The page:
Carly Fiorina, one of the nation’s most visible CEOs before she was fired by Hewlett-Packard in 2005 for not generating enough profits, will head the Republican National Committee’s "Victory 2008" campaign raising funds for the presidential election.
Federal Election Commission records show Fiorina contributed nothing to the Republican Party the last eight years. Her only political giving was to Sen. John McCain’s presidential campaign — $2,100 in 2006 and $2,300 in 2007. Fiorina was at McCain’s side when he campaigned in the critical Michigan and Florida races.
Fiorina has no standing in the conservative movement and has taken no position on the abortion question.
MARK PENN’S BOAST
Mark Penn, Sen. Hillary Clinton’s embattled chief strategist, angered his critics by taking credit for her comeback in Tuesday’s primaries. Penn said the "3 a.m." television ad that he conceived was the "tipping point." In fact, it never was shown in Ohio, where Clinton defeated Sen. Barack Obama decisively.
The ad contrasted Clinton’s and Obama’s experience in national security, by portraying her ability to take an emergency telephone call at 3 a.m. It was broadcast widely in Texas, where Clinton narrowly edged Obama in the popular vote.
Clinton’s big win in Ohio, the main force behind her comeback, was fueled by Democratic voter opposition to the North American Free Trade Agreement (NAFTA). Clinton got a boost there when it was reported that University of Chicago professor Austan Goolsbee, Obama’s economics adviser, reassured Canadian officials not to take seriously his candidate’s opposition to NAFTA. Democratic insiders call Ohio the "Goolsbee primary."
Democrats were getting ready for a do-over Florida Democratic presidential primary in mid-June, when the state’s Republican governor, Charlie Crist, changed signals Thursday.
He indicated in separate interviews on Fox and CNN he would rather seat delegates elected in the virtually uncontested Jan. 29 Florida primary, won by Hillary Clinton.
Eyebrows of Florida Republican activists were raised last Sunday when Crist went on CNN to say he would go along with a do-over of the Jan. 29 voting, held one week early in violation of Democratic National Committee (DNC) rules. But Republicans fear a re-vote would be won by Sen. Barack Obama, who they consider a tougher opponent of Sen. John McCain than Clinton.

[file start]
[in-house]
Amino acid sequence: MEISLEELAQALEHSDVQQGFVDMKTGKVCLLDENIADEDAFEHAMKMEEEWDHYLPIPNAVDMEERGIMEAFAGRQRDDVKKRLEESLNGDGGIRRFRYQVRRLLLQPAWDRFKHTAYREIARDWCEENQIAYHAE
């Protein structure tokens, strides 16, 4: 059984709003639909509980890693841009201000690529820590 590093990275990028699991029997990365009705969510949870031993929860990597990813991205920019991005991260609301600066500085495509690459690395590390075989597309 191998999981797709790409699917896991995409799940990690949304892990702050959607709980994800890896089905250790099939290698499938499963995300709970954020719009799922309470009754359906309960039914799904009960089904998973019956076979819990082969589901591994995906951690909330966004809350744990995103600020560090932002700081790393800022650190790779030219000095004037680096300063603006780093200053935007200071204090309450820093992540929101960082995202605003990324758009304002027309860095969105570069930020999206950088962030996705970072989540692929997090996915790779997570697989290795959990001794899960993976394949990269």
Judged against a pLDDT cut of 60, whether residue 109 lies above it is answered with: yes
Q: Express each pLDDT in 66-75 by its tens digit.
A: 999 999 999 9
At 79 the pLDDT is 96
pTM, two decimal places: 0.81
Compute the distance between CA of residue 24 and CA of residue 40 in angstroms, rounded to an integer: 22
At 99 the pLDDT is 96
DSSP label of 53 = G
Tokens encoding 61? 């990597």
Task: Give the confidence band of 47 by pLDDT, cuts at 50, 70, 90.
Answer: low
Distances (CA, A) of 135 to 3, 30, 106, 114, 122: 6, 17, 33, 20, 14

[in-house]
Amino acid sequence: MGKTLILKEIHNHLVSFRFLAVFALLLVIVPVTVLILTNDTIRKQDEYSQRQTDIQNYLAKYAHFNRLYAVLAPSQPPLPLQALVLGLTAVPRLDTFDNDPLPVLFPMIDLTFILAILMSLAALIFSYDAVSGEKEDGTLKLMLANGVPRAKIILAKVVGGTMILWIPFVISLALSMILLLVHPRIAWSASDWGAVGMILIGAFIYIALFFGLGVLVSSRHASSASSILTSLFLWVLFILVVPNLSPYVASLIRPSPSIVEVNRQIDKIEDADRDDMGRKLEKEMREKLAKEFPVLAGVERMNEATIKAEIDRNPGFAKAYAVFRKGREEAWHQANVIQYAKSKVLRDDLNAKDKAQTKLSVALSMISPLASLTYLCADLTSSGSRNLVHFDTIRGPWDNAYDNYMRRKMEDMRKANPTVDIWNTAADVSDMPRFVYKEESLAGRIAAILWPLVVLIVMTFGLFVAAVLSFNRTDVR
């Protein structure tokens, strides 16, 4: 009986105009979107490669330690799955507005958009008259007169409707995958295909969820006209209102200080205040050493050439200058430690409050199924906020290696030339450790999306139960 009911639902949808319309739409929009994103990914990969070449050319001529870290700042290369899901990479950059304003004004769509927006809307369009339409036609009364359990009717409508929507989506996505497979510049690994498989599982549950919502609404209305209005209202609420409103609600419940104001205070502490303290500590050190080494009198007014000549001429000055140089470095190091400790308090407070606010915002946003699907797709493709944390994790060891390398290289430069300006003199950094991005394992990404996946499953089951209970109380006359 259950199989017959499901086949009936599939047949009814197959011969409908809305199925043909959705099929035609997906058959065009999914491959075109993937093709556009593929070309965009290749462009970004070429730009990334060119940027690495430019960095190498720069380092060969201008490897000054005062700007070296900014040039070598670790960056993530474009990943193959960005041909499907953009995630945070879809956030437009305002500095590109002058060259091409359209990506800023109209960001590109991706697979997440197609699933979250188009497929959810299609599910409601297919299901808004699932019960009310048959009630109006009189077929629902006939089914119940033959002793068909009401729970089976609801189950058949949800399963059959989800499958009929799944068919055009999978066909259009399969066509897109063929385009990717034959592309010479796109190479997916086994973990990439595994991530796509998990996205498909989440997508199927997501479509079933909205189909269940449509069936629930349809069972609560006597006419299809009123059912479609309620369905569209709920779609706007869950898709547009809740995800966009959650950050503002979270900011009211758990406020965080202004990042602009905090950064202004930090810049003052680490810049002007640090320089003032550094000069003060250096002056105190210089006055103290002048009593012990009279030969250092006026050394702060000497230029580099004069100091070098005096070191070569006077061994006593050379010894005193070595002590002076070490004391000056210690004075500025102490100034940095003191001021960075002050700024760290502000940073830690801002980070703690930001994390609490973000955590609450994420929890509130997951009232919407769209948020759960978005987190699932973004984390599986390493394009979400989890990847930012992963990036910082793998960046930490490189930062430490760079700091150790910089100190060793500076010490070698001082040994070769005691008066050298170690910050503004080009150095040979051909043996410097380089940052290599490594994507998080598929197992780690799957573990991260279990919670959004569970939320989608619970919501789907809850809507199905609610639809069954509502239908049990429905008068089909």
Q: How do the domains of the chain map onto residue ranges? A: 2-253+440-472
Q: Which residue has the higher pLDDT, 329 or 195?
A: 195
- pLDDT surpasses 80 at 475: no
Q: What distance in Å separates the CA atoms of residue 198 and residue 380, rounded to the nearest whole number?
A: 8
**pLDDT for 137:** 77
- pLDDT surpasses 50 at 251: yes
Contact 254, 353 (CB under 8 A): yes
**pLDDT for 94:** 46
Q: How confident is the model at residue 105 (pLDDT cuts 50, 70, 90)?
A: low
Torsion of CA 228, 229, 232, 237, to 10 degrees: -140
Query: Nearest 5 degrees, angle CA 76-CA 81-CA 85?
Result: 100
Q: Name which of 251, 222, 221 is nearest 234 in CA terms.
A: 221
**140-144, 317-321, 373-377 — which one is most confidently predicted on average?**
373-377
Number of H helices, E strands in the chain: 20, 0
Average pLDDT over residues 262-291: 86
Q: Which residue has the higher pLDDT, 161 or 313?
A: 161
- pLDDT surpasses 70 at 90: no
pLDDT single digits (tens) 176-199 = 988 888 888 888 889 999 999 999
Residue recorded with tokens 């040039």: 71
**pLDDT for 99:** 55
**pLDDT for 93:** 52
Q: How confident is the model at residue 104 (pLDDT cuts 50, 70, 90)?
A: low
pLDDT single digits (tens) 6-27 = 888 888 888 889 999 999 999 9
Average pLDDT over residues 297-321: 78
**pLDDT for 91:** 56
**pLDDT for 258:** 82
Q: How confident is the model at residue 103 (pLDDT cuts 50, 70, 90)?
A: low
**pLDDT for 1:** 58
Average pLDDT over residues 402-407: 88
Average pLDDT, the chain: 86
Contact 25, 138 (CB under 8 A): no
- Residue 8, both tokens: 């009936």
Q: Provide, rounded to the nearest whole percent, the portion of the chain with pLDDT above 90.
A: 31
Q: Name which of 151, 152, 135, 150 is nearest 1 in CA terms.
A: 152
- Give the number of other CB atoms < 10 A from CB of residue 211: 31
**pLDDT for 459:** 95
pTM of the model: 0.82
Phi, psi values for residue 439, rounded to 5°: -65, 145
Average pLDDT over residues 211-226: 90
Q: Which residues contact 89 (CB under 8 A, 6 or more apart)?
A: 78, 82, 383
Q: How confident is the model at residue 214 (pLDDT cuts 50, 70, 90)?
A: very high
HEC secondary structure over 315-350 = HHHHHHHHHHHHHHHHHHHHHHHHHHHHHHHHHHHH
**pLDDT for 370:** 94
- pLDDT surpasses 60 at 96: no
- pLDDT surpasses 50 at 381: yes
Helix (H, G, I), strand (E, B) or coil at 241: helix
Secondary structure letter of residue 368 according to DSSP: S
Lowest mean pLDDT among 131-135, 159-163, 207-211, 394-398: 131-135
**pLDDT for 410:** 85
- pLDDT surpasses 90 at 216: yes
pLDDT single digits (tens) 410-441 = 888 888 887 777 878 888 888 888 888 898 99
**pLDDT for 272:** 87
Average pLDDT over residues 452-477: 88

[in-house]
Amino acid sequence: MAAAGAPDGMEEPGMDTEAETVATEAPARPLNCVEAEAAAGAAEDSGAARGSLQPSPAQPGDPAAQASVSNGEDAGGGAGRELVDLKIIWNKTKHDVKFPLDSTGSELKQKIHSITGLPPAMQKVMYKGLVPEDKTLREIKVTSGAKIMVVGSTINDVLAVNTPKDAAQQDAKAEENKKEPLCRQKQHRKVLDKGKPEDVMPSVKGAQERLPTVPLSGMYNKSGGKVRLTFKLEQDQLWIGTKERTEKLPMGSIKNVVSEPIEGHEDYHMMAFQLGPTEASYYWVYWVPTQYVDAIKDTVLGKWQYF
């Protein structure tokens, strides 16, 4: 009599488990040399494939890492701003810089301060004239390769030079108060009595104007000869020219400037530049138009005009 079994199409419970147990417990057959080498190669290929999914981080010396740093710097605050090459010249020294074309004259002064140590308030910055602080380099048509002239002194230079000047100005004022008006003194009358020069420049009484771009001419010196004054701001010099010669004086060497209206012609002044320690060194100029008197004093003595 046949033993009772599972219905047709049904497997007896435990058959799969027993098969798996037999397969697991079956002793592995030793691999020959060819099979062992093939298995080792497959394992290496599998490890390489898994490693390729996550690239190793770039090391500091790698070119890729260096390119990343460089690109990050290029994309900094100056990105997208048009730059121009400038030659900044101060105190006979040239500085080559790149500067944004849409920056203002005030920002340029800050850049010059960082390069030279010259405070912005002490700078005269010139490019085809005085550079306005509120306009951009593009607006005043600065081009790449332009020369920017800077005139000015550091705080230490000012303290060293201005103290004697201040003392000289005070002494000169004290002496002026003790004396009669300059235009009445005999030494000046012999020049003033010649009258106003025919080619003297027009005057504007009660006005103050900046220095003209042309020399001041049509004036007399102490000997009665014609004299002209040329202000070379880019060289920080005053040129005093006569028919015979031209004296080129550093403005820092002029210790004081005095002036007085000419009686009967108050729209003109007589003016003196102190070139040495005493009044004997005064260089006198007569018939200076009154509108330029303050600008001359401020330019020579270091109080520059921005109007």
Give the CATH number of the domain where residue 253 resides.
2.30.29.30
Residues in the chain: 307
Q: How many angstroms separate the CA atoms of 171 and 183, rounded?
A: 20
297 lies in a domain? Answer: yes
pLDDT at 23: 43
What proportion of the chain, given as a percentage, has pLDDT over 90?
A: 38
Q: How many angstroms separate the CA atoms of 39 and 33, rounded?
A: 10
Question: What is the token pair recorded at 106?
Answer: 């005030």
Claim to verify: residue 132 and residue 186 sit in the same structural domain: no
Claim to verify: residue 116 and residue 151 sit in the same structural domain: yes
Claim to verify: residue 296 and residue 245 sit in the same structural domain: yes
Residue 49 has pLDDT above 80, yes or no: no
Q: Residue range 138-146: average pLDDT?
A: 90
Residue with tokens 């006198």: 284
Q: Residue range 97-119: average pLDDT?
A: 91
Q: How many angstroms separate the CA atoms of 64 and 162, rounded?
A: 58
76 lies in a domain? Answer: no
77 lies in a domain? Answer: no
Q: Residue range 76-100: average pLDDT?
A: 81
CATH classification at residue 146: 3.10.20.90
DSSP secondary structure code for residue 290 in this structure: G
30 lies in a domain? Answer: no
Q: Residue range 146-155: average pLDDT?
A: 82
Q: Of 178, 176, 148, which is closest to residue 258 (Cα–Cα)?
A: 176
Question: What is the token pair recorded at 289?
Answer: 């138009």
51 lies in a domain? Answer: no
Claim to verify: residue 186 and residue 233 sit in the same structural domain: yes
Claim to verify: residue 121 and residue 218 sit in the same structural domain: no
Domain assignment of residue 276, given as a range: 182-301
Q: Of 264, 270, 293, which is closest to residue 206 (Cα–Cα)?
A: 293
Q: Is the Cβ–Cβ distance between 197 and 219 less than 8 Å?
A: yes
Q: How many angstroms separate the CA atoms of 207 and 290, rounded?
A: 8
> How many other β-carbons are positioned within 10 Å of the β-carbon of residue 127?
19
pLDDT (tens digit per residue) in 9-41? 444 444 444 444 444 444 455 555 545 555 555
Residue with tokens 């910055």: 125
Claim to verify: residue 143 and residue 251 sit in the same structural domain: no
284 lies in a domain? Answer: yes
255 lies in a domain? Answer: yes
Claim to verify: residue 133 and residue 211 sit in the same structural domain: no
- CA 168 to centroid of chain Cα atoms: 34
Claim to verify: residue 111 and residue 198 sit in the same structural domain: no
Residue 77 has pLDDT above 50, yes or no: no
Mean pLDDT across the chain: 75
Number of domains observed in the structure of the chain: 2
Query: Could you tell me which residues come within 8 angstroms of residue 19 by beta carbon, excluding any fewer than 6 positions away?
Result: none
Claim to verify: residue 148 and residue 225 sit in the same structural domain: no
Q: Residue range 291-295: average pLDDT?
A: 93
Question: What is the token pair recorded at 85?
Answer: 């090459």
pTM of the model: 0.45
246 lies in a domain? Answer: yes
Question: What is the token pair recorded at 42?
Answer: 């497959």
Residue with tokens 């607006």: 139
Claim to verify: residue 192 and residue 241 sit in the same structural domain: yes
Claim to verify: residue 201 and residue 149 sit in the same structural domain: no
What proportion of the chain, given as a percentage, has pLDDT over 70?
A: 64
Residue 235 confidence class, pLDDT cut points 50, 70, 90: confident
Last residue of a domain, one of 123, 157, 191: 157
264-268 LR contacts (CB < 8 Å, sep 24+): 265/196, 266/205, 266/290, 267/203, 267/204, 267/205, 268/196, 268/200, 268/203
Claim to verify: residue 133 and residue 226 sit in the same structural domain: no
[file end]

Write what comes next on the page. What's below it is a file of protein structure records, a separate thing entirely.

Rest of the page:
A footnote: Michigan also conducted a DNC-prohibited primary on Jan. 15, where Clinton’s was the only name on the ballot. A Michigan re-vote would be a "firehouse primary," conducted by the state party rather than the state government, and Florida also might take that course.
Ridge for VP
Vice presidential support has arisen for former Pennsylvania Gov. Tom Ridge, as it did eight years ago, and again caused consternation in the pro-life movement and among conservative Catholics. Speculation about Ridge, a pro-choice Catholic, for vice president in 2000 caused a furor. Catholic Bishop Donald Trautman in Ridge’s hometown of Erie, Pa., barred him from speaking at Catholic events in northwestern Pennsylvania because of his position on abortion.
Ridge is a supporter and friend of McCain and, like him, is a decorated Vietnam combat veteran. His value on the national ticket would be trying to dislodge Pennsylvania from the Democratic grasp.
Dialing for Dollars
Once Sen. John McCain clinched the Republican presidential nomination in Tuesday’s primaries with a puny treasury, he was off to Florida to start a week-long fund-raising tour.
McCain began Wednesday night at a private home in Gulf Stream, Fla. He went to Naples for luncheon Thursday at the Ritz-Carlton Golf Resort.
McCain was off to the Westin Buckhead in Atlanta Thursday night, to be followed the coming week with events at the Hilton St. Louis Frontenac Monday, the Plaza in New York City Tuesday, the Taj Hotel in Boston Wednesday, the West Shore Country Club in Camp Hill, Pa., Thursday noon, the Rittenhouse Hotel in Philadelphia Thursday night and the Hilton Chicago Friday.